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High quality audio - where is it?

High quality audio - where is it?

I picked up my Model S last week at the factory and I've been enjoying the car immensely since then - it truly is a fantastic machine. I'd say my only disappointment so far has been the limited quality of the high end audio system in relation to phone integration. After paying extra money (lots) for the best audio system, I'd have hoped that the car would interface with mobile devices at the highest possible quality. Disappointingly, there is noticeable tinniness over Bluetooth and the Internet radio options suffer from the same "pretty good, but not great" audio quality. That wouldn't be so bad if the car supported iAP or Airplay - but it doesn't. So software team, if you're watching these forums, please implement one or all of these:

- AAC over Bluetooth (native iTunes format), and the highest quality SBC codec
- iAP support for perfect quality tethered audio
- Airplay if you're feeling ambitious
- Carplay

I'd settle for any one of the above. Right now, it's not possible to play high quality audio from a mobile device in my beautiful new Tesla. And who wants to dump all their music to a thumb drive when they have the best music player around in their pocket?

mjt.private | December 2, 2014

Amen to that. USB is the only high-quality option right now and that's a very clunky, frankly.

sldunn | December 2, 2014

Anyone have a list of the Bluetooth profiles supported by the MS infotainment system?

If the MS doesn't support the aptX codec, maybe look at adding in support with the Bluetooth A2DP used on the MS?

Testing AptX in the lab with some Audio Precision equipment, I seen an SNR under -90dB on a Windows 8.1 system with the Intel Audio Profile pack. In comparison, I see about -75dB SNR when using the Microsoft stock A2DP profile using SBC codec.

Also, Aptx is actually supported by lots of 3rd parties.

http://en.wikipedia.org/wiki/AptX

sldunn | December 2, 2014

Alternatively, can anyone comment if the Tesla infotainment system uses the BlueZ Bluetooth Profile stack? And if so, which version?

eye.surgeon | December 2, 2014

I ordered the upgraded sound system as I do on every vehicle. I would disagree that you paid lots of money for the upgrade. In comparison to similar priced vehicles it's the cheapest sound upgrade I've bought. The audi S6 upgrade is $6k, the Range Rover upgrade is pushing $10k.

Also satellite radio is highly compressed crap. You could play it on the best audio system in the world and it would sound like crap. I only use it for news and talk.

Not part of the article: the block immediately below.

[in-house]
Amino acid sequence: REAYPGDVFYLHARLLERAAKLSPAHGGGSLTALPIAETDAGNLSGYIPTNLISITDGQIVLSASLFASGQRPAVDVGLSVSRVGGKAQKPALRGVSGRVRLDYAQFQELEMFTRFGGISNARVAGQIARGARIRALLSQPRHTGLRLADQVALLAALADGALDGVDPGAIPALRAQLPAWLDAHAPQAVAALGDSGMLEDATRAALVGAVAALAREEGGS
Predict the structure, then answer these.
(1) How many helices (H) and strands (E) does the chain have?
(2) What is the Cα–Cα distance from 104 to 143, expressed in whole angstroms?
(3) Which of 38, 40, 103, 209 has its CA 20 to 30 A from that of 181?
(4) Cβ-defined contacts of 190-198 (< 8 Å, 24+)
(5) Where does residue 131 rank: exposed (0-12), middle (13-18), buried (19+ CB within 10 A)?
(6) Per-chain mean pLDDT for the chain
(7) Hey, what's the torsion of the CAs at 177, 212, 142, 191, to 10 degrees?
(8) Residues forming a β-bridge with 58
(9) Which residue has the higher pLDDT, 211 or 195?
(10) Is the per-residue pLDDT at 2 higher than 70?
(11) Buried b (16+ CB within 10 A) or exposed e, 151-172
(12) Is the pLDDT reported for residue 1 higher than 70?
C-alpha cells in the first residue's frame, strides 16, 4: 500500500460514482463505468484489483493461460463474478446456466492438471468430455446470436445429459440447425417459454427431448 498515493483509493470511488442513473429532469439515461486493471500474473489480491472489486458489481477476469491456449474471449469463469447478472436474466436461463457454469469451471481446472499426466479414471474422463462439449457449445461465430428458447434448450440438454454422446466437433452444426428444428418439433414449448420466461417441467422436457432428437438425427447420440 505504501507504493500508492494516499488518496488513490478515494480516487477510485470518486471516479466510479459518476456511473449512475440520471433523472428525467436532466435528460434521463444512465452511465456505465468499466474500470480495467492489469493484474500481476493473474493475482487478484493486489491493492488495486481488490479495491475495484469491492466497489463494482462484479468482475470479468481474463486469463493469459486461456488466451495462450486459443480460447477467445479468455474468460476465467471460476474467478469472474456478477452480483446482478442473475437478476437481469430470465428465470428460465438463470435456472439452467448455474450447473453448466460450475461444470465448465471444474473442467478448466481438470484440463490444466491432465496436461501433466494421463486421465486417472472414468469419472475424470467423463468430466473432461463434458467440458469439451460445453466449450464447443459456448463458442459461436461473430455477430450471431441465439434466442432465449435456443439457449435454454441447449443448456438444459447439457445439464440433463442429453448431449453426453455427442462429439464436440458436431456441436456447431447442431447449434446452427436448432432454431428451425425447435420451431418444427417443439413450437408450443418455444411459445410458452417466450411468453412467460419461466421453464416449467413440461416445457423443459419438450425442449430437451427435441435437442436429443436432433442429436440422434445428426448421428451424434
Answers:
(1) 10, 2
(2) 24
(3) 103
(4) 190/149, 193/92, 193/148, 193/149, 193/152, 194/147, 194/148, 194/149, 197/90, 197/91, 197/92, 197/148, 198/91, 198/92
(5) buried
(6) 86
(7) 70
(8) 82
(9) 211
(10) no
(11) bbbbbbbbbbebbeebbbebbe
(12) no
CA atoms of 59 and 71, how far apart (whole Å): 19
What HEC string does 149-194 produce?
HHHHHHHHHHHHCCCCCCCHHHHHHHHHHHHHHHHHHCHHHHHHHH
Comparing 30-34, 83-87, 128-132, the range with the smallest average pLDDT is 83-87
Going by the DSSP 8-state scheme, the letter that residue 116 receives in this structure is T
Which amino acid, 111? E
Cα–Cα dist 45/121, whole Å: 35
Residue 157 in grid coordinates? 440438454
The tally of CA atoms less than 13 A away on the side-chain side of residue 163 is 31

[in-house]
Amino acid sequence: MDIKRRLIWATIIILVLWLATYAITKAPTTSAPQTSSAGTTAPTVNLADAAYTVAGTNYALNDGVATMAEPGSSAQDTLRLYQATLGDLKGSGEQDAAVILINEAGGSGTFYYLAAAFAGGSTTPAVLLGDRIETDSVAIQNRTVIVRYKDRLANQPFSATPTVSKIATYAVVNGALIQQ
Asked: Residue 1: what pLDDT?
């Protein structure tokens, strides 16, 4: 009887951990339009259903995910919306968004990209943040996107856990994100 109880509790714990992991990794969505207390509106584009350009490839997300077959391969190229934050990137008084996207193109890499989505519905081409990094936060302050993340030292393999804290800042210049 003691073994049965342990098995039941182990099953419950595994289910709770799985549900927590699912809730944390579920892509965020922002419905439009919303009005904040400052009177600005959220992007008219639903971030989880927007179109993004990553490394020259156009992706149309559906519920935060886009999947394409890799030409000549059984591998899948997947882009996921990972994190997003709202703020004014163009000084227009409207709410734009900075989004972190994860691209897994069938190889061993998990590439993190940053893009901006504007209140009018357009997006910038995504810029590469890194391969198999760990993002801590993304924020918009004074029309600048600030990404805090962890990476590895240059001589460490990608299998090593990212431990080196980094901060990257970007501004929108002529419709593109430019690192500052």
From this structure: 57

It is disappointing how reportedly poor iphone integration is. I agree with you there.

gwsteele | December 2, 2014

@eye.surgeon - someone else charging silly money for an audio upgrade doesn't make $2500 cheap. I will say, the Audi audio upgrade (I've only heard the one in the Q5) is pretty fantastic quality wise - the Model S's audio hasn't impressed me as much - but to be fair I've haven't been able to listen to truly high quality audio on it because of the issues I mentioned above.

Satellite is crap - no argument there.

bayrowet | December 2, 2014

The best upgraded stereos are Burmester audio for the $6-$10k upgrades and the tesla upgraded system isn't in the same league, nor is it as expensive either.

I really would like the highest quality data interface as well.

TeslaTap.com | December 2, 2014

If you want great quality in sound, you'll need to use the USB with lossless encoding (FLAC, lossless WMA or uncompressed AIFF), and good source material. This is true for any sound system.

Bluetooth requires compression (and often far more than the original content). This has nothing to do with Tesla or it's audio system. I think you'll find the difference impressive.

mjt.private | December 2, 2014

@sldunn I believe there's no native AptX on iPhones currently, and it doesn't look likely to appear any time soon. It's h/w upgrade I'm told.

Many quality wireless speakers, such as the Cambridge Audio Minx Air range, go down the route of Airplay and Bluetooth / Aptx.

I can see TM's dilemma - there is no single technology that will give high quality wireless audio from the majority of phones today. They have gone with the only common denominator, which is sadly the lowest.

I can understand TM not wanting to do a tethered solution too. It's an old school connector / protocol nightmare.